This entry is part 5 of 5 in the series Art and about


Dulwich Picture Gallery


This beauty’s not for everyone
blind windows like a prison
said a friend indifferent
to Soane’s genius
but I exult in it.

The honey-coloured bricks
and the harmonious outline
are earth and air.

It’s here that I come
to be grounded in a space
where sorrow and regret
can be felt but can’t annihilate
where hope can briefly soar.

The new Dulwich Picture Gallery in bright sunlight


The sheer heft lovely lines
unchanging serenity
are what I love
so the old photo was a shock.

Many bombs fell on south-east London
You can see the places still
where a modern house interrupts
a Victorian terrace.

Around Dulwich small plaques
give the date the names
and ages of the dead

and in July 44 the gallery took a hit
that reduced its heart to rubble.

In this picture no sweet geometry
The honey drips
a waterfall of chaos
a radical artwork depicting
the horror of war.

Today’s fine structure
bears few traces
but once seen never forgotten
The rebuilt harmonies become a hymn
to resilience and repair.

black-and-white photo of Dulwich Picture Gallery reduced to rubble in Word War II


On the corner by the pub car-park is a new mural
after van Dyck’s Venetia Lady Digby on her Deathbed.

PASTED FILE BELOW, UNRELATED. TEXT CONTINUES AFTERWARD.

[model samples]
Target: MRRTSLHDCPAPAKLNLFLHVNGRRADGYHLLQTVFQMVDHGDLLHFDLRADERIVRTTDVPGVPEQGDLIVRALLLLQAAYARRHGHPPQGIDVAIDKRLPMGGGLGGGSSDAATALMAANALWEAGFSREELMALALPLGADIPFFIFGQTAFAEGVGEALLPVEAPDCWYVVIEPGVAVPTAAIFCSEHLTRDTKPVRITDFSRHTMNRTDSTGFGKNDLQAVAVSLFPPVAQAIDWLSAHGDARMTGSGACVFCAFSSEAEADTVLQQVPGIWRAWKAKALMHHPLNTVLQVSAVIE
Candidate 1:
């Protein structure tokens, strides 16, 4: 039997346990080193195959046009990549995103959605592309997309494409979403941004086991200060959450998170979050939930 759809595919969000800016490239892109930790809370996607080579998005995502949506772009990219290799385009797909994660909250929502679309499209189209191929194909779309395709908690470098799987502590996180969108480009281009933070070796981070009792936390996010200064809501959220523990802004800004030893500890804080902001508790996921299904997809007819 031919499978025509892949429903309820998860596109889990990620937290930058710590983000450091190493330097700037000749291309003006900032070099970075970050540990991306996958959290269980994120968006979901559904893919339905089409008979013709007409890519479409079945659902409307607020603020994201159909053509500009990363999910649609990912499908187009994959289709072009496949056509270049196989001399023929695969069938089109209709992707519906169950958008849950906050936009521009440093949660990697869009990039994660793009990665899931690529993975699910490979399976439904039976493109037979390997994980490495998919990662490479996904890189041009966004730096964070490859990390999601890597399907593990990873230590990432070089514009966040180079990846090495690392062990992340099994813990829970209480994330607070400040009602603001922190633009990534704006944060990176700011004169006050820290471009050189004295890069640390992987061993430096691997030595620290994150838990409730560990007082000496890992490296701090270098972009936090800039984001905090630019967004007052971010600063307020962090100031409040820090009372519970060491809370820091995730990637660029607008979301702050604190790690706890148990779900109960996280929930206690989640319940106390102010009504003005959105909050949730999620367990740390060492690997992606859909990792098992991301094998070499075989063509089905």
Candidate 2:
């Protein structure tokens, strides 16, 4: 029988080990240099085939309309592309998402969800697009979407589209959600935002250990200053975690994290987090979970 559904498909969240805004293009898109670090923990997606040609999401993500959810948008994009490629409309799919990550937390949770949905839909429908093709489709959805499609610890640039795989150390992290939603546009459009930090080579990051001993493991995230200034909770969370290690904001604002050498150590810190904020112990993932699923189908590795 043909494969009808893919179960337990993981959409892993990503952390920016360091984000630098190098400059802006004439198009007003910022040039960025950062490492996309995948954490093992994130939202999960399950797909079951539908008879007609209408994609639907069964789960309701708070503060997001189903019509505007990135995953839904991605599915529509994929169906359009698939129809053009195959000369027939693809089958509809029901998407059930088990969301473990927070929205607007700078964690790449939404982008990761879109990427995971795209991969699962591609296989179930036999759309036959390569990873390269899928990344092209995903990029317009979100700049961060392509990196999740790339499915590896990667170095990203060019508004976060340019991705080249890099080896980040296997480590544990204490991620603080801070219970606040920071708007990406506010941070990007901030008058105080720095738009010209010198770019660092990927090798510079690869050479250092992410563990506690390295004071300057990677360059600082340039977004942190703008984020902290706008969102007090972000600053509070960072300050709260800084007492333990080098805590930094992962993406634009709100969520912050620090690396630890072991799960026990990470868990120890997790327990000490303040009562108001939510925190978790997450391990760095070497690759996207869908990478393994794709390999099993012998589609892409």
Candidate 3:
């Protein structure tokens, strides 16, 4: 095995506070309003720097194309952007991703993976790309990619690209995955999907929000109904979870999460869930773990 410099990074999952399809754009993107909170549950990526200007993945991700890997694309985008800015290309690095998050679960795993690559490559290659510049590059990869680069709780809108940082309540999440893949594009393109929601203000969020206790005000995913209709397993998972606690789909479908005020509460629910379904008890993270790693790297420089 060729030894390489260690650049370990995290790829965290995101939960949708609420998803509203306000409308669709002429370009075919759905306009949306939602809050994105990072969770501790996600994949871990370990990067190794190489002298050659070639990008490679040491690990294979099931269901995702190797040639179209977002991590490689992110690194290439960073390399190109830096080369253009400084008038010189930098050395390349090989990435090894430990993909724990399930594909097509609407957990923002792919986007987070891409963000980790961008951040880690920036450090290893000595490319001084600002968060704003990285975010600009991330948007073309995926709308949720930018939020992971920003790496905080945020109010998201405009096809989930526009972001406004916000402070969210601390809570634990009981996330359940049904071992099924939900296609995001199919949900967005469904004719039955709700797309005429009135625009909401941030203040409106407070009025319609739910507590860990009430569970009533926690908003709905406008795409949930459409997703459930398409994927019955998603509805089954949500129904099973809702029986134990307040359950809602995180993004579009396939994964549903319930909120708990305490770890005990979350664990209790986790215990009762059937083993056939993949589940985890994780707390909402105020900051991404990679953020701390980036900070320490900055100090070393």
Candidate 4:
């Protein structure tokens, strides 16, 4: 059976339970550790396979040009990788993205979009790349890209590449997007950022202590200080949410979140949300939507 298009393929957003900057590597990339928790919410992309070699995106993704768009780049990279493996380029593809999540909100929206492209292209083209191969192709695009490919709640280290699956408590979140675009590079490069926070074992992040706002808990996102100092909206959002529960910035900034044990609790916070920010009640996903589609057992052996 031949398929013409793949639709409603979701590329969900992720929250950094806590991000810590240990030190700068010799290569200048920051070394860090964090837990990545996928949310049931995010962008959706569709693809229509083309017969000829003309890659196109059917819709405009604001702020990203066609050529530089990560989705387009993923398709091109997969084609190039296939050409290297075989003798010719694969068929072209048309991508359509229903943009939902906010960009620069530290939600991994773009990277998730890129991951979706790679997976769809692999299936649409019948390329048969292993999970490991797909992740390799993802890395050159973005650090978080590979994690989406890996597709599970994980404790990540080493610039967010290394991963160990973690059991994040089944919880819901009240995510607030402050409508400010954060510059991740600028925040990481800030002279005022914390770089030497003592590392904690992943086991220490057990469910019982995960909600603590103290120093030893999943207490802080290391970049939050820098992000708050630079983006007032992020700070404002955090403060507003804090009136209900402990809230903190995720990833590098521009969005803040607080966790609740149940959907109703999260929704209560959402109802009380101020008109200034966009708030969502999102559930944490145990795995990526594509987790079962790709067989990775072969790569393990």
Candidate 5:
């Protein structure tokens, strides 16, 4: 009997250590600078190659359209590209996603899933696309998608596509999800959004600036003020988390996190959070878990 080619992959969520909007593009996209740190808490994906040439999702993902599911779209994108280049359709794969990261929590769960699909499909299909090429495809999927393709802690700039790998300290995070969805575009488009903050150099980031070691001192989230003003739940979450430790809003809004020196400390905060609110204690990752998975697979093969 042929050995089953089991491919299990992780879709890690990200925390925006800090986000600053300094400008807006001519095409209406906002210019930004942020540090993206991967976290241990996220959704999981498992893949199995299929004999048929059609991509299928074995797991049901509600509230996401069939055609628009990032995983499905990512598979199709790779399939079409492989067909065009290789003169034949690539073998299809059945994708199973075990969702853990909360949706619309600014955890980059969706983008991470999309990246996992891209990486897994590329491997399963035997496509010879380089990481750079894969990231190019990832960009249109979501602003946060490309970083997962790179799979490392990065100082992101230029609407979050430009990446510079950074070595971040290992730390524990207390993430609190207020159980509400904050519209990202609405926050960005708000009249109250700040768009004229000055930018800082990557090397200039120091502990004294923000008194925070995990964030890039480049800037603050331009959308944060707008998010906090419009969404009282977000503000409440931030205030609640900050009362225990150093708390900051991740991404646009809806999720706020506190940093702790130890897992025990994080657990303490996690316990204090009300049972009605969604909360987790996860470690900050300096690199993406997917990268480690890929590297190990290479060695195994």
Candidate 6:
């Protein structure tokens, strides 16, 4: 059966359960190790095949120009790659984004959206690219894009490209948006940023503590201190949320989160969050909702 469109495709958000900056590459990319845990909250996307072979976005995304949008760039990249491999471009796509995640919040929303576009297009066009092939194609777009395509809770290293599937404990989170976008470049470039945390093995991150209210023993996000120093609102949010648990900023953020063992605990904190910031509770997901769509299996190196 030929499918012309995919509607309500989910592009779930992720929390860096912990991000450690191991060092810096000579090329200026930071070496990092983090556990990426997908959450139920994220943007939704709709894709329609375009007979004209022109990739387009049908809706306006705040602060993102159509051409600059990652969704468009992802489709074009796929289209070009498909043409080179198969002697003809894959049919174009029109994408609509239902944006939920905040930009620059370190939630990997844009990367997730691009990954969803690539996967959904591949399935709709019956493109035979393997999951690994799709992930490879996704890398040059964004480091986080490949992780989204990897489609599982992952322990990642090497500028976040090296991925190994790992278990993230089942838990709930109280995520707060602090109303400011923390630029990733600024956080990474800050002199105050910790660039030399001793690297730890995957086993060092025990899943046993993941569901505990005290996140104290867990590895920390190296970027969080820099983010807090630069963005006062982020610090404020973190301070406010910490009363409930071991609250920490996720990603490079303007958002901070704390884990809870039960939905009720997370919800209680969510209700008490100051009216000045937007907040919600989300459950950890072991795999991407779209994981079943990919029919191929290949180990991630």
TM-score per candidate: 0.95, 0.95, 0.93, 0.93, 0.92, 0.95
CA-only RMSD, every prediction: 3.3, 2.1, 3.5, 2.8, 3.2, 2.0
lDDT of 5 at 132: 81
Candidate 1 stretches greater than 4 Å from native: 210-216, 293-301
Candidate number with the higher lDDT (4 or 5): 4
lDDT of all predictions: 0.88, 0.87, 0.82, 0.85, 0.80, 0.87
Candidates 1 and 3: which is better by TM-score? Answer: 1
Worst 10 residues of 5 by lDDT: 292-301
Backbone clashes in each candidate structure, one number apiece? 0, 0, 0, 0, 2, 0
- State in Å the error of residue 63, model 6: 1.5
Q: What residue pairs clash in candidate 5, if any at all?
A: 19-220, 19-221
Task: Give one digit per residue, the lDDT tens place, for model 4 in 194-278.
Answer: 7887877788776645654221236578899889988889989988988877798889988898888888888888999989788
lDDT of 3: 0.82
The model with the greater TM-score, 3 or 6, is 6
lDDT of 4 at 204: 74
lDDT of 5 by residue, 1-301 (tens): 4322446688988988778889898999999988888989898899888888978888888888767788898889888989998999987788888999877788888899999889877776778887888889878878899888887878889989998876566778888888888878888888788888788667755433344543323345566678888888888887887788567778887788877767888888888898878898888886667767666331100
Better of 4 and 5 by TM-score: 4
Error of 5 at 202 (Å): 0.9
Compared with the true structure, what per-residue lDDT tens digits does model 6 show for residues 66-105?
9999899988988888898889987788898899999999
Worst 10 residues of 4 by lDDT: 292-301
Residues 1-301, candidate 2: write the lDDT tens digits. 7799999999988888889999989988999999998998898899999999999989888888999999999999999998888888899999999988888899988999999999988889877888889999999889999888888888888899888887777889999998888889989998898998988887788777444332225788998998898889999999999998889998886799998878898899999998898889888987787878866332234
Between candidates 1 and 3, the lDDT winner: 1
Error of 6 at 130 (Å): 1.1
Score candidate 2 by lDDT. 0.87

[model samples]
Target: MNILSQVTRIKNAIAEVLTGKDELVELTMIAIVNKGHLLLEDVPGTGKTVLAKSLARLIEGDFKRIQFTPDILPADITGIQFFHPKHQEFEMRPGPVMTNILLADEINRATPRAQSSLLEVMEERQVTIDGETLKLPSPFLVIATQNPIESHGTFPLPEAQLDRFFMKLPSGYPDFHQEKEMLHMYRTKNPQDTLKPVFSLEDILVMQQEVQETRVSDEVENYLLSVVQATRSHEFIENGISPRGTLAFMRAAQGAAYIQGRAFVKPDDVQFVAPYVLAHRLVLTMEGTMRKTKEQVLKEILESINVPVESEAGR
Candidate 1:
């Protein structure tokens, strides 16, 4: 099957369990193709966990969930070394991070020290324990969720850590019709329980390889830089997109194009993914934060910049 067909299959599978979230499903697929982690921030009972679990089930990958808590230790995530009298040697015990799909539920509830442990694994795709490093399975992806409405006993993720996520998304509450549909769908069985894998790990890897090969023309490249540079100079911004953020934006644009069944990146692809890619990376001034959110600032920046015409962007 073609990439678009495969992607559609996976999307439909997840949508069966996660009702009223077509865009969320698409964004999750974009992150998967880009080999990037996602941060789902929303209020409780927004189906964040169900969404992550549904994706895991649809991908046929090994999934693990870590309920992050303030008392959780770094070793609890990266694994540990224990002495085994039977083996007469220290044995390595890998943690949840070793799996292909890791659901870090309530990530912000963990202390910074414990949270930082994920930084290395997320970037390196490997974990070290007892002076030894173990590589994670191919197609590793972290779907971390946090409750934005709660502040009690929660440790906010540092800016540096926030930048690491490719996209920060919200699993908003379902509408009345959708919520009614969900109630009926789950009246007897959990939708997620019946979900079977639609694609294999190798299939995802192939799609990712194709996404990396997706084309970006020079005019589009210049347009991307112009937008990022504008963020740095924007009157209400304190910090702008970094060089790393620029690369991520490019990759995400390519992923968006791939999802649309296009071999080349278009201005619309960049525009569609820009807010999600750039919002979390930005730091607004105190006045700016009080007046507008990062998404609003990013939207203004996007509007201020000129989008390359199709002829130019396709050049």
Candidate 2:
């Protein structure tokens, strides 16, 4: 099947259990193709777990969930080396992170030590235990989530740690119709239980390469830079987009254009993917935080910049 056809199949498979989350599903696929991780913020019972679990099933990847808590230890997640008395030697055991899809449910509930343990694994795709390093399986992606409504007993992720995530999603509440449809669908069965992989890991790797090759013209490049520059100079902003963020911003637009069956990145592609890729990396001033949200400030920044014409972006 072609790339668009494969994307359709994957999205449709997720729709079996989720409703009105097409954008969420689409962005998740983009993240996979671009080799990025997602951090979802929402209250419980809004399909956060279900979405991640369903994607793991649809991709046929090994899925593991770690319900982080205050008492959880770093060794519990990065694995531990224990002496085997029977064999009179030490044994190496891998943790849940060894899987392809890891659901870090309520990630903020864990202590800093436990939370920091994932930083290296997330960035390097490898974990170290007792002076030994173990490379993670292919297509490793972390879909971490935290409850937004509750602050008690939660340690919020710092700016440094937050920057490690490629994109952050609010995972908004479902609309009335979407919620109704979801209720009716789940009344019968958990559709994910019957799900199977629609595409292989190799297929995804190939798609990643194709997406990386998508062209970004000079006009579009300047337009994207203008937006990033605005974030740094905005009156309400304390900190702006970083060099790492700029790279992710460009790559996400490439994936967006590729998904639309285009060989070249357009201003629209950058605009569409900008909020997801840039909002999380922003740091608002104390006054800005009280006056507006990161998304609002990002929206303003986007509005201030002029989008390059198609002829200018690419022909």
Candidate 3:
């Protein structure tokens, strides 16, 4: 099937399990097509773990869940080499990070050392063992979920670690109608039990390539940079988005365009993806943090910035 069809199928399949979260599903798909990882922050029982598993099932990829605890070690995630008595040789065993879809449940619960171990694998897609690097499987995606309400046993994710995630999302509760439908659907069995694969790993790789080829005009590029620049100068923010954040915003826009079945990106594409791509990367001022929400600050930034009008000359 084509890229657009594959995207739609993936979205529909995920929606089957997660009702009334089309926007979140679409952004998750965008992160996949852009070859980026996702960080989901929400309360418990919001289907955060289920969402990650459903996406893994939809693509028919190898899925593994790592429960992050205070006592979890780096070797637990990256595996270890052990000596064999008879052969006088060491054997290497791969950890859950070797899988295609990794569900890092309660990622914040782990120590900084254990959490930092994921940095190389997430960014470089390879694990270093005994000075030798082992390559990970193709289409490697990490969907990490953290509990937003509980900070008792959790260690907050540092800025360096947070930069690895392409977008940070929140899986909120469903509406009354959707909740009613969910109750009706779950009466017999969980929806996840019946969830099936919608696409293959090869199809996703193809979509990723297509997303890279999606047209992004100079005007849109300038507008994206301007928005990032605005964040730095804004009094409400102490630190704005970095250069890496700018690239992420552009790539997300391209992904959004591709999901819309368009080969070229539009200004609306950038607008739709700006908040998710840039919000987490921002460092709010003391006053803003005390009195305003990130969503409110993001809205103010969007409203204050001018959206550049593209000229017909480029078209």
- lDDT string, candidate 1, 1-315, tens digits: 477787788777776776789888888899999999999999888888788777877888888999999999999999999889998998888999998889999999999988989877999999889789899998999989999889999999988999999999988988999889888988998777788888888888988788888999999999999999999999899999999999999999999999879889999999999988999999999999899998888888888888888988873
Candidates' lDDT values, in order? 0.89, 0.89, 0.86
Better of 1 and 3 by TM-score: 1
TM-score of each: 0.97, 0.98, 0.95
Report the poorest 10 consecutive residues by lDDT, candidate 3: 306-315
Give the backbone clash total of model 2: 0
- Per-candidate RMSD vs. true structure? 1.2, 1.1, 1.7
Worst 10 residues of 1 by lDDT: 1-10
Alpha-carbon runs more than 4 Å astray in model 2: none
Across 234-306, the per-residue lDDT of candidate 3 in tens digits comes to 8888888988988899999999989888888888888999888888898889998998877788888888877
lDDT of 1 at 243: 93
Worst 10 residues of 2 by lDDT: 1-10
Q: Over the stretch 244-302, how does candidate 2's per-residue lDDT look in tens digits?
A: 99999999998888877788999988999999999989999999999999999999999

Let me count the ways this work based on a portrait
of a dead woman fills me with paradoxical happiness.

Huge and bright and apart from the rose mostly blue,
it’s by the German artist MadC – C is for Claudia,
a woman of bold vision and talent and about the age
Venetia Digby was when she died in her sleep in 1633.

The painting was the muralist’s choice: a clever project,
these “old master murals” by street artists talking back
to their chosen works in the gallery have flashed up
on blank walls and gable ends all over Dulwich, but

none has taken my breath, none makes me stop and
smile and ponder each time I see it the way this does –
a mistressful meeting of past and present, private and
public art, death and unrestrained but not unthinking life.

MadC's Dulwich mural


Dulwich Picture Gallery
John Soane, the architect
World War 2 bombs in Dulwich
Venetia Lady Digby on her Deathbed by Anthony van Dyck
MadC (Claudia Walde), the muralist
and her Dulwich mural

Series Navigation← Outside Art


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